P.S. This idea of overscheduled, free play deprived kids is nothing new.  One of the first people I heard speak about it was Dr. Billy Doherty at an American Association for Marriage and Family Therapy conference years and years ago. His Putting Family First is recommended.  And, of course, there's the classic The Hurried Child first written in 1981.

Monday, January 10, 2011

How I Miss You

Miles at a water park July 2010

yours truly July 4, 2010

Oh summer how I miss you!
The warm weather
Water play
Sidewalk chalk
Reading outside
I must be patient
You'll come again.

P.S. The book I was reading on July 4 is The Happiness Project by Gretchen Rubin.  Very recommended as well as her blog.

Thursday, January 6, 2011

Play Article in New York Times

I whole-heartedly believe in the importance of unstructured,
imaginative, pretend play in the lives of children.

An article in today's New York Times discusses this very issue.
Please see this link for the article.

Wednesday, January 5, 2011

I Love a Parade 2

Our favorite parade was definitely the one at Animal Kingdom.  Very unique indeed.

Happy New Year!

I Love a Parade...

Many, many parades we saw on our Disney trip.  Colorful, creative, playful fun!

So here are a couple of blogposts with parade pictures.

This group were taken from several yards away. 

Which picture you do like the most?

Tuesday, January 4, 2011

One Little Word

I am participating in Ali Edwards's One Little Word 2011 project through Big Picture Classes.

The above image is a Wordle consisting of the words chosen from this year's participants.  Doesn't that look creative and fun?

I'm excited about all the possibilities this will bring.  One Little Word is your theme for the year.  Much easier than making resolutions that probably won't last past mid January.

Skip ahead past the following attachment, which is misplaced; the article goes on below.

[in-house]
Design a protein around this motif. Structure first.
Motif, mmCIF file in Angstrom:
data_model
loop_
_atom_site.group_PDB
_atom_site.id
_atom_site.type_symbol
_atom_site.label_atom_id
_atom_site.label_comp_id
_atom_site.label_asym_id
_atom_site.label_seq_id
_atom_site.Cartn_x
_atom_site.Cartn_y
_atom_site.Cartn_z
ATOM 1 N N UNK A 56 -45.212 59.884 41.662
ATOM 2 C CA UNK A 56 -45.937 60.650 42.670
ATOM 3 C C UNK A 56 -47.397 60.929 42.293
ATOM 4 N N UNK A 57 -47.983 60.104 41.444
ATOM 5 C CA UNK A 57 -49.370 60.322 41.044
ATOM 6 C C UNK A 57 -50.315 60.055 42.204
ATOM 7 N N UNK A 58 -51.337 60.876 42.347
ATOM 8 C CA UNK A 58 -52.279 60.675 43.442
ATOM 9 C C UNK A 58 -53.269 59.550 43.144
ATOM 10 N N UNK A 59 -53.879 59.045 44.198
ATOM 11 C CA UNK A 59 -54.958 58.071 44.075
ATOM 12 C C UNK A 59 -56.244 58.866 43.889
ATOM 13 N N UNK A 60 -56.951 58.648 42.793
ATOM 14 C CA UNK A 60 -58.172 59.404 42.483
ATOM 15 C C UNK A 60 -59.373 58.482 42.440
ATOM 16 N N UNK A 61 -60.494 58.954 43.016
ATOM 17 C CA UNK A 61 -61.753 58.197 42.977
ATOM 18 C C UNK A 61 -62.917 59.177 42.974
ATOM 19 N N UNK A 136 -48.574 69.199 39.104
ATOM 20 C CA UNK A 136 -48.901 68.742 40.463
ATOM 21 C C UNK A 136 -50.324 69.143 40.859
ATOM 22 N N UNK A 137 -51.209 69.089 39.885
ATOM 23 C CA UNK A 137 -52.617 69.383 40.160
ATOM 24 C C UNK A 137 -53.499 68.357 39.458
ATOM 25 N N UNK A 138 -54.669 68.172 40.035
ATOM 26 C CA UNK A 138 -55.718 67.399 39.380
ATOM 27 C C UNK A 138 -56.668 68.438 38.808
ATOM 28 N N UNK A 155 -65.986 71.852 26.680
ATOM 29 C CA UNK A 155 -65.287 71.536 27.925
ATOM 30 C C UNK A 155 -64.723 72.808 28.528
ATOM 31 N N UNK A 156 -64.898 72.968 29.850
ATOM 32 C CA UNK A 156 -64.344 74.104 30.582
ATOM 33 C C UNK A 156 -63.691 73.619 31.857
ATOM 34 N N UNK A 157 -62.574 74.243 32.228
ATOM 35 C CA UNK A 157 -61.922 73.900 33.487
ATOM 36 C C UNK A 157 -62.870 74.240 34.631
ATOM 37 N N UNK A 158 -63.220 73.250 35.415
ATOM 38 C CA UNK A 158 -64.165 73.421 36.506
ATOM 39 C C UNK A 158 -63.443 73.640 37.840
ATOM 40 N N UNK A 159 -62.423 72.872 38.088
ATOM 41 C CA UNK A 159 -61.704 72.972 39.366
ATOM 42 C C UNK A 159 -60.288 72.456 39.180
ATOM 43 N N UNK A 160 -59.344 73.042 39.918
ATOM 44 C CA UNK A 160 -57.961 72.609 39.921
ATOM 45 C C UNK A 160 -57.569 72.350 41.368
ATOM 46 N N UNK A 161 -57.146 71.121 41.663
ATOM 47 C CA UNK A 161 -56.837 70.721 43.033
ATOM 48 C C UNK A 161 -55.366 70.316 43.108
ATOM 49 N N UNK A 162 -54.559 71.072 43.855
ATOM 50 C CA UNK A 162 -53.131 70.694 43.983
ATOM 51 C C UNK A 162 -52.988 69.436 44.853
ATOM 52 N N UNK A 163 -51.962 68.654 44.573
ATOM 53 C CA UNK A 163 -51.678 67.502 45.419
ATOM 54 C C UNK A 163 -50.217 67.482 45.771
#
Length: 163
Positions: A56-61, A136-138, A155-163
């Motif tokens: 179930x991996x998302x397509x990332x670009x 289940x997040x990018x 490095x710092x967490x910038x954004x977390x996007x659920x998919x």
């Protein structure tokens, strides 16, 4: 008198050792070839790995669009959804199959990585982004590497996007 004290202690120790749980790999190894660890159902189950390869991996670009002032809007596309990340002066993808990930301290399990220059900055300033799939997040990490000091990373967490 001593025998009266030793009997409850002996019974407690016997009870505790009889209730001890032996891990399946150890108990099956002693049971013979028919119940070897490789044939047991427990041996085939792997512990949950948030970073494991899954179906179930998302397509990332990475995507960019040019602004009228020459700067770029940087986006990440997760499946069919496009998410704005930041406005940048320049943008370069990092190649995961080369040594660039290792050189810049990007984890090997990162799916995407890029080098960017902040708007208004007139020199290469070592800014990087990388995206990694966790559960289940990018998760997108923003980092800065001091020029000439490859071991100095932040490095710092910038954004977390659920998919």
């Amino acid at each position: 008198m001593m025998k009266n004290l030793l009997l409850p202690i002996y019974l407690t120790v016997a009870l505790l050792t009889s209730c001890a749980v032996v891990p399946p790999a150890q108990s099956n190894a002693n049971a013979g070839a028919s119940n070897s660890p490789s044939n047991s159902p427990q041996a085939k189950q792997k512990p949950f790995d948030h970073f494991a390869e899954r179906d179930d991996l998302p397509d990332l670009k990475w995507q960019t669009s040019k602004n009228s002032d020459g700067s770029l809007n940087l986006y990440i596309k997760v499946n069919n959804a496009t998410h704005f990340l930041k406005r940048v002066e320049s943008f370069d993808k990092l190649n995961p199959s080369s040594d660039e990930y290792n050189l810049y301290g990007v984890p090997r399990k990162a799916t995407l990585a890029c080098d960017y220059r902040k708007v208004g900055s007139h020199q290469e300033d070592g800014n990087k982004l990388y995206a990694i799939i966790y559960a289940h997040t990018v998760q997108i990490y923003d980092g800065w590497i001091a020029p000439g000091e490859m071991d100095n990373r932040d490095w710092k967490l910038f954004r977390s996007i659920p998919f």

But coming up with my word seemed like such pressure, especially when I just haven't been myself lately since I've been sick since right before Christmas.  Then this post listed all the participants' words thus far.  A commenter noticed that almost every letter of the alphabet had a word represented...except K.  I wracked my brain thinking of a good K word.  And then it came to me... KIND.  My word for the year is KIND.  Yes!  I need to me more KIND to myself, I can always be more KIND to others (especially when I have judgmental thoughts), and it never hurts to be more KIND to the earth.

You don't have to be signed up to have a word.  What would your One Little Word be?

Monday, January 3, 2011

It's a Small World

Happy New Year!

I watched the network evening news for the first time in a very long time.  Much of it was about happenings around the world.

Yesterday I was speaking with some friends about prayer.  There are those that pray for themselves or someone they know.  But what about all the children halfway around the world?

So this brings me to my all-time favorite ride at Disney World.  I took so many photos, it was hard to narrow it down.  I could go on this ride again and again and never tire of it.

It is a magical place where no children are hurting or alone.  A creative, playful fantasy.  How I wish it were a reality!

What is your wish or prayer for the children of the world?